It's been a quiet week in Pavers Place, most people have been scurrying around trying to avoid the rain. Diets have been forgotten in the sudden onslaught of the cold weather and the 5p plastic bag fiasco has completely died a death.
Catherine’s money making attempts have gone through a significant slump, the aloe vera market has slowed down as people start saving pennies for the next expensive festival and no one is interested in being hypnotised at the moment; as a consequence she decided to do some temp work.
Convinced that she could turn her hand to anything, and desperate to make some quick money Catherine signed up with a recruitment agency early Monday morning, by Tuesday she was working in a call centre on the late shift in a hut on a farm in rural Kent.
‘It's down a horrid country lane’, she complained to Jacinta after her first day, 'I'm not happy when there is no middle of the road, I was nearly run into a ditch by a tractor on the way there’. As a nervous driver who had only just gotten to grips with turning right, Jacinta was full of sympathy.The next day the only chair available was one with a wonky seat at a desk with very few letters left on the computer keyboard, and a head set that came fully equipped with its own bacteria and what looked like someone else's ear wax.Catherine was distraught as she explained the situation to a sympathetic Ken.
'The thing is I don't want to be a quitter, I have always been a can- do person, this can’t beat me.'Armed with industrial strength antibacterial wipes, a cushion and a print out of the QWERTY key board, Catherine returned to the call centre the next day, on arrival she was called into the office.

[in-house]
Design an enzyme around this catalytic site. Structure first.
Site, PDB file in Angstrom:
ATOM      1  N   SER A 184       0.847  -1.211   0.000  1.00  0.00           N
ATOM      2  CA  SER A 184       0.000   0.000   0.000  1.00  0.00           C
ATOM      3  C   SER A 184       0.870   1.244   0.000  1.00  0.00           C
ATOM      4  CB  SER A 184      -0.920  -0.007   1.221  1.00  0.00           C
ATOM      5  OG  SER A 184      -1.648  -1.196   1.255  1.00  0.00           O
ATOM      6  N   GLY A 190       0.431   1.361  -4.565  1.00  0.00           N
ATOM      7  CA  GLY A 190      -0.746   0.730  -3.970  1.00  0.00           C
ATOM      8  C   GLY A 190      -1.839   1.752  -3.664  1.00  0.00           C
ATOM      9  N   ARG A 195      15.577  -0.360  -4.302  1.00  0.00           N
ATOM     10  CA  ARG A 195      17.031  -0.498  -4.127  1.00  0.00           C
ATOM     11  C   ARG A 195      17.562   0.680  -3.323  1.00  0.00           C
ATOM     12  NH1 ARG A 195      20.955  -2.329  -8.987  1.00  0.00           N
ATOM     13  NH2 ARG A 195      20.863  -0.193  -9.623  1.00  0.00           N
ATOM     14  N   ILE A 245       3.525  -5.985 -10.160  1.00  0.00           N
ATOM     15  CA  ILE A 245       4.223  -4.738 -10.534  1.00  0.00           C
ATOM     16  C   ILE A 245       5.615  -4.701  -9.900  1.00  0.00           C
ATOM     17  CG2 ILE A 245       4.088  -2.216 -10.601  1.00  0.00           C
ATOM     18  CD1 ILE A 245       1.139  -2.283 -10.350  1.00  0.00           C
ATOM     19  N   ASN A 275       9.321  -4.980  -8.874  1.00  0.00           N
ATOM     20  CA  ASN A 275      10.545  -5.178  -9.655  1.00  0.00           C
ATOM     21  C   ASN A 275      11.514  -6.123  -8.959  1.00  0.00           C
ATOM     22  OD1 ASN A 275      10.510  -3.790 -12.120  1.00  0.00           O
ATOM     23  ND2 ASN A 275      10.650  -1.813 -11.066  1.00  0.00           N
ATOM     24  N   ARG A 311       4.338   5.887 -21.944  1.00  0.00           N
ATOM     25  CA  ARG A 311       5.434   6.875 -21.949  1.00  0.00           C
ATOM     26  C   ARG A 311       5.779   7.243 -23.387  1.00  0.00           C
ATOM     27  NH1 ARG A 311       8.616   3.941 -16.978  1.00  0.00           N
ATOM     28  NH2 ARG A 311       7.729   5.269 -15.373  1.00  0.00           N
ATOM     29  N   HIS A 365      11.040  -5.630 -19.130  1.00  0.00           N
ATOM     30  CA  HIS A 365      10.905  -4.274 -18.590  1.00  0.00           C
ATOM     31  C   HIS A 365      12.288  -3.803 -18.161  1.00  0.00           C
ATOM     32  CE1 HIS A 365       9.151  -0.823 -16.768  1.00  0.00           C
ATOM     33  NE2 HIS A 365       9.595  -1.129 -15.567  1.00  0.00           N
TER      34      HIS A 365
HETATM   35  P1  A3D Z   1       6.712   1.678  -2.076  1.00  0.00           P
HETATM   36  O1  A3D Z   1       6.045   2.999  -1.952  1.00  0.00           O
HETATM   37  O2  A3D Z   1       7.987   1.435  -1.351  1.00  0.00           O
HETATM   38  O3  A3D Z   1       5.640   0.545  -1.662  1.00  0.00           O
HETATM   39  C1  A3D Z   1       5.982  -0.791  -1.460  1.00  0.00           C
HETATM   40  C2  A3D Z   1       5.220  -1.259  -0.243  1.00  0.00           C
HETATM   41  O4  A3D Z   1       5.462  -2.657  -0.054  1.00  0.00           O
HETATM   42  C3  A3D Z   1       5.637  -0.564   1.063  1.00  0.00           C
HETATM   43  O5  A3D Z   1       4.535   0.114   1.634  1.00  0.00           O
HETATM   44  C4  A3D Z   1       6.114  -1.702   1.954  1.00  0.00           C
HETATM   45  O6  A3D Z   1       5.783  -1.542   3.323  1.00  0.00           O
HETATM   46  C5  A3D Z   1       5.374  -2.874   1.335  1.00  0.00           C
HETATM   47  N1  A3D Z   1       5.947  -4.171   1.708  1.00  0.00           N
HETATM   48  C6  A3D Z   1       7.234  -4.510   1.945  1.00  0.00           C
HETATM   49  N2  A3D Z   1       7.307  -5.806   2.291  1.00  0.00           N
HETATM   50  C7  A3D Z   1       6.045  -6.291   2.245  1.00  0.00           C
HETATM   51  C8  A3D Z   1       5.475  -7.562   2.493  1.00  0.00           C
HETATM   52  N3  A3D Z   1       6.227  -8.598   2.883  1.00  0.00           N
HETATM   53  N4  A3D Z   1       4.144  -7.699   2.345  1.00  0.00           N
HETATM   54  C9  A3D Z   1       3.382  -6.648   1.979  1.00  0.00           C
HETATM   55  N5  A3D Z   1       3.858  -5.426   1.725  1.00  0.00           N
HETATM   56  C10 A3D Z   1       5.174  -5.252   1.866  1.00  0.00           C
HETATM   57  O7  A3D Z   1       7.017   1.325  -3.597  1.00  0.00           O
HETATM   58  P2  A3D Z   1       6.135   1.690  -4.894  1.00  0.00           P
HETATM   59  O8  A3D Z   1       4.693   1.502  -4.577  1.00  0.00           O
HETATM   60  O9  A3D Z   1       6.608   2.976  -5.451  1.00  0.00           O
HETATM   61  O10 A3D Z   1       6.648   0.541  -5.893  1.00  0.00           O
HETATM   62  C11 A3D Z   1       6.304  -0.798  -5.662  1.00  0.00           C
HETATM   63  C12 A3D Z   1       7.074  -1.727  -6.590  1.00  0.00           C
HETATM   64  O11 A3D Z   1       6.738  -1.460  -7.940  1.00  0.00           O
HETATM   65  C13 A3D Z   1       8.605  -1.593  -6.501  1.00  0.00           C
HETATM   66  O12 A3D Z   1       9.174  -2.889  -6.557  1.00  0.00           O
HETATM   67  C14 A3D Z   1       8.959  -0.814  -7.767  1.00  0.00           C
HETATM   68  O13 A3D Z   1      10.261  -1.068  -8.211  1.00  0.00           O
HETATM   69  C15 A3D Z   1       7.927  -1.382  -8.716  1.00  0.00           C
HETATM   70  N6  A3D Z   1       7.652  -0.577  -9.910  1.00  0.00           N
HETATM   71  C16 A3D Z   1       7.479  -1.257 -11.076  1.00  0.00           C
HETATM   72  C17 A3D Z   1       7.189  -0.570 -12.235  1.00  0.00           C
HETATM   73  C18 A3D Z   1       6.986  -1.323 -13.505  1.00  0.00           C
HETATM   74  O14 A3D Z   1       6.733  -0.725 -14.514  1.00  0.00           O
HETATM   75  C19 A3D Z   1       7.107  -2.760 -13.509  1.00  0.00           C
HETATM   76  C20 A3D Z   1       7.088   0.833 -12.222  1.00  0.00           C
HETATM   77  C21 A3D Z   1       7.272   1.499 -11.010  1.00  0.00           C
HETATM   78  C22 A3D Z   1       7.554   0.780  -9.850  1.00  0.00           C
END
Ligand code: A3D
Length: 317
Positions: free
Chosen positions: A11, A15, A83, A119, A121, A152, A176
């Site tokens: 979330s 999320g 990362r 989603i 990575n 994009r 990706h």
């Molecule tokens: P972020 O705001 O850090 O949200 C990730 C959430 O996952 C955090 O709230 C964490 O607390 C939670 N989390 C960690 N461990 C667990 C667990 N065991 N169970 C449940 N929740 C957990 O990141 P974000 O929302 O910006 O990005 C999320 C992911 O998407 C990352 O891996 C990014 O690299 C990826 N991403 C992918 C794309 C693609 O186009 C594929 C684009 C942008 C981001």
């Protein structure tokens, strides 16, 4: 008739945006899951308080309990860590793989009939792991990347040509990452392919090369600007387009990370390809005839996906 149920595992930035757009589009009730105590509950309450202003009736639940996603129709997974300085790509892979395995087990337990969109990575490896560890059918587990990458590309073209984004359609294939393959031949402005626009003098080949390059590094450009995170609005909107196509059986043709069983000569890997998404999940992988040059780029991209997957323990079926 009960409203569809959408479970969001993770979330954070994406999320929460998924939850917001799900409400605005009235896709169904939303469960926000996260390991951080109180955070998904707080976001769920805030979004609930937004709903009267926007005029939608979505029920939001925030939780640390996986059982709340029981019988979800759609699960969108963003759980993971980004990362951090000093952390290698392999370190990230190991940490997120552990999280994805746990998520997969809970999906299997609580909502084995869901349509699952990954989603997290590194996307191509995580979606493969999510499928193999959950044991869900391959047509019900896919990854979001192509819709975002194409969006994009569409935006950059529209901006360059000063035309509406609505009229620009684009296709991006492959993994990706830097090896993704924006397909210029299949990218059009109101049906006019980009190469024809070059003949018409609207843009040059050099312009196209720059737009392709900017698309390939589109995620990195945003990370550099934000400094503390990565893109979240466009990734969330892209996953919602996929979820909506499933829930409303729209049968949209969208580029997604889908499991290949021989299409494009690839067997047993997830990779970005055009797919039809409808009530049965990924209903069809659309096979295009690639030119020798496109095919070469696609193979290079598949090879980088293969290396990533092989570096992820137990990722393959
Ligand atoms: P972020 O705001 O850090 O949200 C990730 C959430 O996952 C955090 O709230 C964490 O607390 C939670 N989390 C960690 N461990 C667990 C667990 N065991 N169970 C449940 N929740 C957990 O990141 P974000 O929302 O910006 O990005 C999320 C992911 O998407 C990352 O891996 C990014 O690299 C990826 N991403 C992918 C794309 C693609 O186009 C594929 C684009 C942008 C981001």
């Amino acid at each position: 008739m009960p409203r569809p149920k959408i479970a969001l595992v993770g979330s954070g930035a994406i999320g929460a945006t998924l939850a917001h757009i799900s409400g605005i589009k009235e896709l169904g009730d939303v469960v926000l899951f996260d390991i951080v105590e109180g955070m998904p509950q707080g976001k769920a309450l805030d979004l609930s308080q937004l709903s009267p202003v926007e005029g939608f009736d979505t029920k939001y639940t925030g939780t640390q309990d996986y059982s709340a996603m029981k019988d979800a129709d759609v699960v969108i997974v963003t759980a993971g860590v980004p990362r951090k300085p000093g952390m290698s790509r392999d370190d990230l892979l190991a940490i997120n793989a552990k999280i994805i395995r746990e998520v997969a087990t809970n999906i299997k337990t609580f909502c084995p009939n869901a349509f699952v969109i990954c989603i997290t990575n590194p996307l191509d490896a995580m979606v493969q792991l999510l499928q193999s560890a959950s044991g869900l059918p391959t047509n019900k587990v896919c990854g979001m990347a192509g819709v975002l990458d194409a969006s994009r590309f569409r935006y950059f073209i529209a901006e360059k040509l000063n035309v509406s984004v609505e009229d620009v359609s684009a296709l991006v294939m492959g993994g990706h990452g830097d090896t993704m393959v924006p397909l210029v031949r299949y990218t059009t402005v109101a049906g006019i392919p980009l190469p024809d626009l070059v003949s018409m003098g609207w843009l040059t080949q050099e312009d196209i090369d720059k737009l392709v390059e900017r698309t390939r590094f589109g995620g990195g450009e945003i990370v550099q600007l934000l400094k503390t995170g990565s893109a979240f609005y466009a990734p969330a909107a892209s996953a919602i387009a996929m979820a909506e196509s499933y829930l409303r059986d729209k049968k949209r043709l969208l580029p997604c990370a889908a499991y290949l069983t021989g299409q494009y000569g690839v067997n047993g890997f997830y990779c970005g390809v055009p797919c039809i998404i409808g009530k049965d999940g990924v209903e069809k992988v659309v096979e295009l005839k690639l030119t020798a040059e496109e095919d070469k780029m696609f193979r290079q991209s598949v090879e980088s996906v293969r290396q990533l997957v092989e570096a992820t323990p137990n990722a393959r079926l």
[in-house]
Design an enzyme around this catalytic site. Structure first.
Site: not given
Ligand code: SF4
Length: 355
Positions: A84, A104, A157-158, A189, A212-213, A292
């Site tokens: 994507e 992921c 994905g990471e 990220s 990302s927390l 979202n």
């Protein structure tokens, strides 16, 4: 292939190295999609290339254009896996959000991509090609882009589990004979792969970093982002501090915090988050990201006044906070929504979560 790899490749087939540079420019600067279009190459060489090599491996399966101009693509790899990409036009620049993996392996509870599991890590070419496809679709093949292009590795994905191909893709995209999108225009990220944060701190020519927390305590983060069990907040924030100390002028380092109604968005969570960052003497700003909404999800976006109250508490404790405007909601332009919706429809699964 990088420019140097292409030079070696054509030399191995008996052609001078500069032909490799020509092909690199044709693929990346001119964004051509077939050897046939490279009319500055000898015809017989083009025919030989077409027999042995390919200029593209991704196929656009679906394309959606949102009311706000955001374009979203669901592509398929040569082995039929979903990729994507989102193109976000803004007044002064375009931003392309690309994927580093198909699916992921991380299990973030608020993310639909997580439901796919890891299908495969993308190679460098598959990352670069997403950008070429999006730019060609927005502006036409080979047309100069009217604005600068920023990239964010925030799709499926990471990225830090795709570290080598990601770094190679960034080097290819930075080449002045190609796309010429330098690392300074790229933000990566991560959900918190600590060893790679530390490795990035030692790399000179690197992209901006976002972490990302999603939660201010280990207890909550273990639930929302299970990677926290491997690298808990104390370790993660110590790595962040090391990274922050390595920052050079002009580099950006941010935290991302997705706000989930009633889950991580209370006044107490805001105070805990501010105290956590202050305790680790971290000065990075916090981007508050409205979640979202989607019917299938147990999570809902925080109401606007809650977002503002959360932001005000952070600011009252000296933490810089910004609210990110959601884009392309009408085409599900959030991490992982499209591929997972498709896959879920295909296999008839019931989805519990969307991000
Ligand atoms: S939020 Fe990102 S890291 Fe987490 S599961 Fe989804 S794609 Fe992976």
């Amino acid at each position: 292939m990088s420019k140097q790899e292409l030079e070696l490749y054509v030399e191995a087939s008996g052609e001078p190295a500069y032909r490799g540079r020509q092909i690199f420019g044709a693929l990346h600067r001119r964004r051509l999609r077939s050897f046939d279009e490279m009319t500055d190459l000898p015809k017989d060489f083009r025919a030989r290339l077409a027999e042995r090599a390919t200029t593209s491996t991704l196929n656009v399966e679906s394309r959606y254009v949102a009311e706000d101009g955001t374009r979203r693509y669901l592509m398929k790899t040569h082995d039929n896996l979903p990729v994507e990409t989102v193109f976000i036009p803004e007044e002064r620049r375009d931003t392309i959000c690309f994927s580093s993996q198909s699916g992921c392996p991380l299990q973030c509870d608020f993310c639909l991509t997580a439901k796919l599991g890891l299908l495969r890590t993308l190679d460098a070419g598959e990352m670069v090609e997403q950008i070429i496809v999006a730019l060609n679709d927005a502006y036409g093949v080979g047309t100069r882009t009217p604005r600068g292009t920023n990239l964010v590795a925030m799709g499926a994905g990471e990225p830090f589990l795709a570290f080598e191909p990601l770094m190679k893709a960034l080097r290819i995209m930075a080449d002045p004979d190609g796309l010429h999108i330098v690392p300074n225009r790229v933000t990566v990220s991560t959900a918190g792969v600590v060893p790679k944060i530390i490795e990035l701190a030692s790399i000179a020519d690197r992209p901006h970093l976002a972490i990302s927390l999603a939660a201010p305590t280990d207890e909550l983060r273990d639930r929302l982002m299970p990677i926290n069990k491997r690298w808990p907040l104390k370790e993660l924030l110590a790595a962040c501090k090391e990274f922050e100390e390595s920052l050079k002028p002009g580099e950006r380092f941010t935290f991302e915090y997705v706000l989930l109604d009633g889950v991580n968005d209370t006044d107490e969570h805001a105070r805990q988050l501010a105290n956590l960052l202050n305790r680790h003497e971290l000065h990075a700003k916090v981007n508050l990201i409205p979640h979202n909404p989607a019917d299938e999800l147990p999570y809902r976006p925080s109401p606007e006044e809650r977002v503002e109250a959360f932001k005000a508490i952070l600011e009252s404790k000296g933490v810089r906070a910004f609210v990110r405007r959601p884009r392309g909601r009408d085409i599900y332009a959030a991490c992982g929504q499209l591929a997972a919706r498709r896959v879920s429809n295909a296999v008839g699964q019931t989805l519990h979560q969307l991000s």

'I finished my stint at the call centre, it wasn't really for me.' Mand, who had worked in the same office since leaving school had been impressed that Catherine had been willing to go somewhere she didn’t know in the first place.
'Didn't you like it?’
'I don’t think they liked me, I got told off today because I didn’t know the phonetic alphabet.'
Mand looked shocked, she had her friend down as very brainy, ' You don't know a for apple and b for banana', she sounded the letters as she spoke.
At last Catherine felt cheerier, ' Not the sounds of the letters, the phonetic alphabet, you know like alpha, bravo, when you tell someone your postcode you say delta instead of d'.
She could have been speaking a foreign language, Mand looked completely mystified, Catherine tried to explain further. 'If you had to tell someone your surname and they couldn’t understand what letters you were telling them, what would you say to help?'
Finally understanding the game Mand spelt out her surname, 'S for sausage, U for umbrella, T for teeth, O for orange and N for knee, so I like know my phonetic alphabet, right ?'
Not wishing to shatter her friend’s confidence Catherine agreed.
The next day she started on the reception in a car showroom, all the salesman called her darling and babe, it was quite irritating at first but no one cared that she said K for kangaroo, this was definitely a much better job.